We've also created two additional resources for those who plan to encourage members to participate in the full service online this Sunday! 
As with the video resources, please use whichever is helpful to you.
Finally, remember that the complete worship service will also be available as a Premiere on Easter morning at 7 am Mountain Time, 6 am Pacific Time, and 5 am Alaska Time on the following Facebook pages:
  • Greater Northwest Area Facebook – Visit
  • Alaska Conference Facebook Page – Visit
  • Oregon-Idaho Facebook Page – Visit
  • Pacific Northwest Facebook Page – Visit
Local churches on Facebook are encouraged to consider using the Watch Party feature to participate in this service offering alongside other members of their local church.

Directions for Downloading Videos on Vimeo

  1. First click on the name of the video you wish to download to be taken to its page.
  2. To download a video, click the "Download" button that appears below the video player.
  3. Once you’ve clicked it, a little menu will appear, and you’ll see links for several different versions of the video, including a mobile, SD, and/or HD file. Decide which version of the video you’d like to download, and click to begin the download.
Depending on your browser, clicking the link may result in the video playing in a new tab instead of downloading the file to your computer. Don’t panic! If this occurs:
  • For Windows users: Right-click on the link and choose “Save as” or “Save target as.”
  • For Mac users: Hold down the Control key on your keyboard and click the link, then choose “Save link as” or “Download linked file."

Wednesday, April 8, 2020

Holy Week

It is Holy Week.  Jesus has ridden into Jerusalem on the colt of a donkey, while people laid branches of trees and their own cloaks on the ground in front of him, calling out “Hosanna!,” which means “Save us!”  Jesus has spent time at the temple, teaching, and knocking over the tables of the money-lenders.  Judas Iscariot has become disillusioned with Jesus, and has agreed to lead the religious authorities to him.  Events lead inexorably to Thursday night—the Passover meal, a last supper together, questions, confusion, anguished prayer, betrayal, fear, the disciples scattered, denial, Friday’s trial, execution, death, burial in a tomb.
I don’t know about you, but my home is beginning to feel a bit like a tomb.  Sure, I get out in the yard to do some cleanup on these beautiful sunny days, and I take Buddy for rides to the Post Office or the church, and I talk to people on the phone.  But it feels different, because right now I’m not choosing to stay at home.  I’m doing so because it’s what I’ve been asked to do.  I am practicing obedience to authority.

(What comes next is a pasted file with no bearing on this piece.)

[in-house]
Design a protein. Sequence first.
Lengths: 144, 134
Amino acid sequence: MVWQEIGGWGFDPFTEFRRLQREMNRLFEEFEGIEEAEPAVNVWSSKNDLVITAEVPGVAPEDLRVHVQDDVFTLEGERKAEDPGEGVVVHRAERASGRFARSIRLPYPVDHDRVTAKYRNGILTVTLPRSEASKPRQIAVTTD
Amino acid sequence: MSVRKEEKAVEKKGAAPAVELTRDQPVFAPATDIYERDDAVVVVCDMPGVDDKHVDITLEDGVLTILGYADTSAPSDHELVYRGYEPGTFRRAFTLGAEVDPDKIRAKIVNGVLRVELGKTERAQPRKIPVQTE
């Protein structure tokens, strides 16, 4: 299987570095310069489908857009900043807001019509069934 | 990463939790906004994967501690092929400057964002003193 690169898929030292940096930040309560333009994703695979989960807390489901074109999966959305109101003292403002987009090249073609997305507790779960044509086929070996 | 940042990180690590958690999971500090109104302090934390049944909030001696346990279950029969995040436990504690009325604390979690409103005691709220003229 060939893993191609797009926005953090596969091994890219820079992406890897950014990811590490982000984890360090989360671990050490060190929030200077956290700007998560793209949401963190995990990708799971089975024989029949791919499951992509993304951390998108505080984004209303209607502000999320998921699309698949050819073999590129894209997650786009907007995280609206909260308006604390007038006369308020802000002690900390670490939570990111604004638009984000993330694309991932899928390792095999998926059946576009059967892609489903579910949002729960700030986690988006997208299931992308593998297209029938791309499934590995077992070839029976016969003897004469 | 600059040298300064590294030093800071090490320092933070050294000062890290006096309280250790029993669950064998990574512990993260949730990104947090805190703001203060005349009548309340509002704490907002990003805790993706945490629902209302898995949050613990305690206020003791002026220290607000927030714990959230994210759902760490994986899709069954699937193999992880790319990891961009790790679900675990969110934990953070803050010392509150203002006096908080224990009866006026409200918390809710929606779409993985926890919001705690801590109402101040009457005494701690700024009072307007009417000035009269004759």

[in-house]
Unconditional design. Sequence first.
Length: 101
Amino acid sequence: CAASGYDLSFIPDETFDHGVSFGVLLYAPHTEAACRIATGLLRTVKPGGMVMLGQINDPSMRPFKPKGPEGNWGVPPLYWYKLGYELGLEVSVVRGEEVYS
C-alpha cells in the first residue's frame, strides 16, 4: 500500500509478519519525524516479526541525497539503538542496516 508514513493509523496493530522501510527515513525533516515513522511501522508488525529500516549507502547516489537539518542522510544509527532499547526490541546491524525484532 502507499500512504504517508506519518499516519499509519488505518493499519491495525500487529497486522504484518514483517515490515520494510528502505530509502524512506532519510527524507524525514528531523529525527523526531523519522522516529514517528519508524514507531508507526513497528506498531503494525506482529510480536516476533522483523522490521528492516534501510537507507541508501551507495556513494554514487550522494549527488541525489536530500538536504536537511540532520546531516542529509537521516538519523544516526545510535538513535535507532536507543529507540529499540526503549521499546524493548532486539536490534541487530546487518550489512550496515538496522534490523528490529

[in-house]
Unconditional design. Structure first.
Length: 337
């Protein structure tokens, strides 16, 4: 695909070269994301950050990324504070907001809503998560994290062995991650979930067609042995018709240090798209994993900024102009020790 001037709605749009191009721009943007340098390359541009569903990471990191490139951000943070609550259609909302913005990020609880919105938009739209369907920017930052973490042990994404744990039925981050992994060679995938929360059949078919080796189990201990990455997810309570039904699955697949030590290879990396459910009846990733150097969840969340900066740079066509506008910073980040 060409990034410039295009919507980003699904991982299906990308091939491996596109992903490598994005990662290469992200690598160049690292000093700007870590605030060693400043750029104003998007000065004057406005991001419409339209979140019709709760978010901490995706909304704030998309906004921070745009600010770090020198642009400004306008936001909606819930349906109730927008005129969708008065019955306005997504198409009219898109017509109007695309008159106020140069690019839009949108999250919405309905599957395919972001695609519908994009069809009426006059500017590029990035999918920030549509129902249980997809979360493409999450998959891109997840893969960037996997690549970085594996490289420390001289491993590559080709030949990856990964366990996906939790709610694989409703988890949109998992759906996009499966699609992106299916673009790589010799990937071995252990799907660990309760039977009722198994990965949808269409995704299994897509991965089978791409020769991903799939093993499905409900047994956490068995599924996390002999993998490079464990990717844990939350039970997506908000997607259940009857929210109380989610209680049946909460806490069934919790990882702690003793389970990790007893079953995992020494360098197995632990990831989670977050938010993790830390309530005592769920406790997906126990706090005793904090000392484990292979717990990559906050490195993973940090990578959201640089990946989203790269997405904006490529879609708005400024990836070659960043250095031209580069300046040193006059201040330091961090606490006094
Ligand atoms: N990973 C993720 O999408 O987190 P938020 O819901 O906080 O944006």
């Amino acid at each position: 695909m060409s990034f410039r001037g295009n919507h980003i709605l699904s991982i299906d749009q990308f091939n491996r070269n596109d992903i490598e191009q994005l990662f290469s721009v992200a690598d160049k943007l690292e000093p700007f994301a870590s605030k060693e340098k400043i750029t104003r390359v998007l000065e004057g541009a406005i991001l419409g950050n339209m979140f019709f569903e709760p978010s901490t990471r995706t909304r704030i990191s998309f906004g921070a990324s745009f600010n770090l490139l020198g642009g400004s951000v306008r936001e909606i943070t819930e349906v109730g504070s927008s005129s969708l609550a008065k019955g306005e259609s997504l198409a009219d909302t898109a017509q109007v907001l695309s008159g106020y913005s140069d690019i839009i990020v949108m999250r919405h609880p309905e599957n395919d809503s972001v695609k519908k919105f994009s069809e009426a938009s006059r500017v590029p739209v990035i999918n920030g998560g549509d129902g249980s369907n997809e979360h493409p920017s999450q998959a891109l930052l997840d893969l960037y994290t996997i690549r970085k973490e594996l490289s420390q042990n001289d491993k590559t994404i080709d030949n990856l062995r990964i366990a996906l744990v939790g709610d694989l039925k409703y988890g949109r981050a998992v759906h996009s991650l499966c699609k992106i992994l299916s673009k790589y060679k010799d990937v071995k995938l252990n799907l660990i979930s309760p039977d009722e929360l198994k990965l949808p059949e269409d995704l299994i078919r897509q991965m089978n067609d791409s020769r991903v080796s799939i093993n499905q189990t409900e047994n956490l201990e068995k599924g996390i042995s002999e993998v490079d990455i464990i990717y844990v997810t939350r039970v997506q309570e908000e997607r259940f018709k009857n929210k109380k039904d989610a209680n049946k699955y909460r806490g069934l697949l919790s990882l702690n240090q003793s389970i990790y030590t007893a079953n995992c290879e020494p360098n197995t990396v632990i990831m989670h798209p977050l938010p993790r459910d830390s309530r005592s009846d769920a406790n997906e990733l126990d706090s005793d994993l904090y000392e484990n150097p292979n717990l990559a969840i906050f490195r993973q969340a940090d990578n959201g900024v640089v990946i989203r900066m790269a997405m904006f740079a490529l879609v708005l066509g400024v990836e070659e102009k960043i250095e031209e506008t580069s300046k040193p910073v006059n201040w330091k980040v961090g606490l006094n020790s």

I wonder if Jesus didn’t feel a bit like this at the beginning of his week.  He knew what was coming at the end of this trip to Jerusalem.  He had already warned his disciples about it, and even at the end, in the garden, he asked if this had to be the way.  I wonder if he felt this hemmed-in feeling as people were asking him to save them, knowing he would be doing that, but not in the way they were thinking he would.  Knowing his disciples would be confused, scared, and scattered.  Knowing that he would die a painful death.  But he was also practicing obedience to authority.
This has been a disturbing season of Lent.  We are used to being able to choose what we do in Lent—giving up ice cream, chocolate, or meat on Fridays, adding a new spiritual practice like journaling or using The Upper Room, or doing nothing for Lent.  But this year we’ve all been given a task that makes us uncomfortable—not being able to be, or worship, together.  We’ve become further hemmed in, entombed, by the “Stay at Home” order.  The experience of denial in Lent has been enforced upon us, in some ways making it a more conscious part of our daily life.  We have joined with Jesus in the loneliness, the apart-ness, of Holy Week.  We are practicing obedience to authority.  We may dislike it, but it is probably good to be experiencing it. 
This is not to say that God created the coronavirus so that we could have a more meaningful Lent.  A virus is a virus.  There is no “intention” behind it.  However, all of our experiences in life affect us at the spiritual level, as well as the physical, mental, and emotional levels.  It makes me wonder if this Lent, and our reflections upon it, will affect how we experience Lent for the rest of our lives.